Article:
Clinton renews push for gun restrictions in new ad

Democratic presidential candidate Hillary Clinton on Tuesday renewed her pledge to take on the powerful U.S. gun lobby.

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Democratic presidential candidate Hillary Clinton on Tuesday renewed her pledge to take on the powerful U.S. gun lobby.

Speaking at a townhall-style event in Coralville, Iowa, Clinton said gun violence affects urban, suburban and rural areas.

“This is a problem, it’s a danger, it’s a threat, everywhere in our country,” Clinton said.

We must “make this a voting issue, just like the other side does, because the majority of Americans and the majority of gun owners agree with us” that there should be additional restrictions, Clinton added.

Clinton, who is seeking her party’s nomination for the November 2016 presidential election, has said she wants to build a national movement to counter the National Rifle Association, the leading U.S. gun rights advocacy group. The NRA spent more than $28 million in the 2014 election cycle, promoting candidates who oppose gun restrictions and against those who favor them.

On Monday, Clinton met in Chicago with mothers and others who have lost children and family members to gun violence or in race-related confrontations with law enforcement.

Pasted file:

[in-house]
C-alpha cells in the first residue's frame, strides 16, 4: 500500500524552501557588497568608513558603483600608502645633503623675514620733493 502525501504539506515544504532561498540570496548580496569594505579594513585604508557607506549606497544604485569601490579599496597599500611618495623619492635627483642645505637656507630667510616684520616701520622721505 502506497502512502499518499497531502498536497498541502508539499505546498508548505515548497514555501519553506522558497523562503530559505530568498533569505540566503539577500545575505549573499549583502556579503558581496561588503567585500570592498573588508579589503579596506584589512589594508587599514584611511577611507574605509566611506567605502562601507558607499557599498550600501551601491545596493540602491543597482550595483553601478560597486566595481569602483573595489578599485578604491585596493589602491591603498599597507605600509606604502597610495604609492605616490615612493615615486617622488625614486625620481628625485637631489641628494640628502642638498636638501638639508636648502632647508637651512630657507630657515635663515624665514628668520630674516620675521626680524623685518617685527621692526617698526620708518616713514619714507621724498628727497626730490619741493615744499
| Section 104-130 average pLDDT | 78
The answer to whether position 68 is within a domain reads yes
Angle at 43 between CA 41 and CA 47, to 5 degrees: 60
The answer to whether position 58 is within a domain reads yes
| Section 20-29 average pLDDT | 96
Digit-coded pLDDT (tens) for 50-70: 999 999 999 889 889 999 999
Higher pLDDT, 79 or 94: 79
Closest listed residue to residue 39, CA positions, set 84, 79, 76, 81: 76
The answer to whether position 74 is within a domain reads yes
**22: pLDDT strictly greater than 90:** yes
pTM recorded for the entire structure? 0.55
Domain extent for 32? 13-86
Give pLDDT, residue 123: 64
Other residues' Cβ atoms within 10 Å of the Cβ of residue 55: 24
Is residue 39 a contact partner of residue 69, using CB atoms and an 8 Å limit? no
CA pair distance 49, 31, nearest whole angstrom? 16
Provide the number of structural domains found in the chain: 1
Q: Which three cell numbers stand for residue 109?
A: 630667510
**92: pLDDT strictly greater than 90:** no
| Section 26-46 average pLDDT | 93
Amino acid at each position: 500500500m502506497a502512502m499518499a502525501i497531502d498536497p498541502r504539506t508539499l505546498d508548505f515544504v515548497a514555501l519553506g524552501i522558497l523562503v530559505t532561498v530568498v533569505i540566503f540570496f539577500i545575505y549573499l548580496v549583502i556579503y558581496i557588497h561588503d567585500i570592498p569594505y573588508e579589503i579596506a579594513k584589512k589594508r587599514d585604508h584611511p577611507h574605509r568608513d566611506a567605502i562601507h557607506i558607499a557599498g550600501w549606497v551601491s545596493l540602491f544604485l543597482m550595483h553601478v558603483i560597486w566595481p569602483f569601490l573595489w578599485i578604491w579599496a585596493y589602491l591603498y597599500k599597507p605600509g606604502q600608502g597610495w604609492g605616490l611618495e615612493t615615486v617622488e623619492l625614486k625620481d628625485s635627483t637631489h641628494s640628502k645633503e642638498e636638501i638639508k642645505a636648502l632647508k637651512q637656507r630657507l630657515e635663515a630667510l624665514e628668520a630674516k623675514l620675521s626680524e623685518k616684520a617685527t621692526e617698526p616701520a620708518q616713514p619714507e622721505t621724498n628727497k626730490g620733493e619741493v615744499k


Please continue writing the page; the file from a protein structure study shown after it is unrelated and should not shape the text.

“They are determined to do what they can to try to prevent this from happening to any other family, and so am I,” Clinton said in Iowa of the meeting.

Clinton’s Iowa campaign stop coincided with the release of a 30-second television ad that focuses on curbing gun violence by passing new laws.

The ad uses footage from an Oct. 5 town hall in Manchester, New Hampshire, where Clinton said she would pursue expanded background checks and take steps to hold manufacturers accountable for crimes committed with their weapons.

“This epidemic of gun violence knows no boundaries. Between 88 and 92 people a day are killed by guns. We’re better than this. We need to close the loopholes and support universal background checks,” Clinton says in the ad, as members of the audience nod in agreement.

“How many people have to die before we actually act? Before we come together as a nation?”

The ad, titled “Together,” will air in Iowa and New Hampshire, which hold the first party-nominating contests, as part of a previously announced purchase, Clinton’s campaign said.

Clinton reiterated on Tuesday that she would like to repeal a law that she believes unfairly protects gun manufacturers and dealers from being held accountable for crimes committed with ill-gotten weapons.

“I will fight to end the unique immunity that the gun makers and sellers have,” Clinton said.

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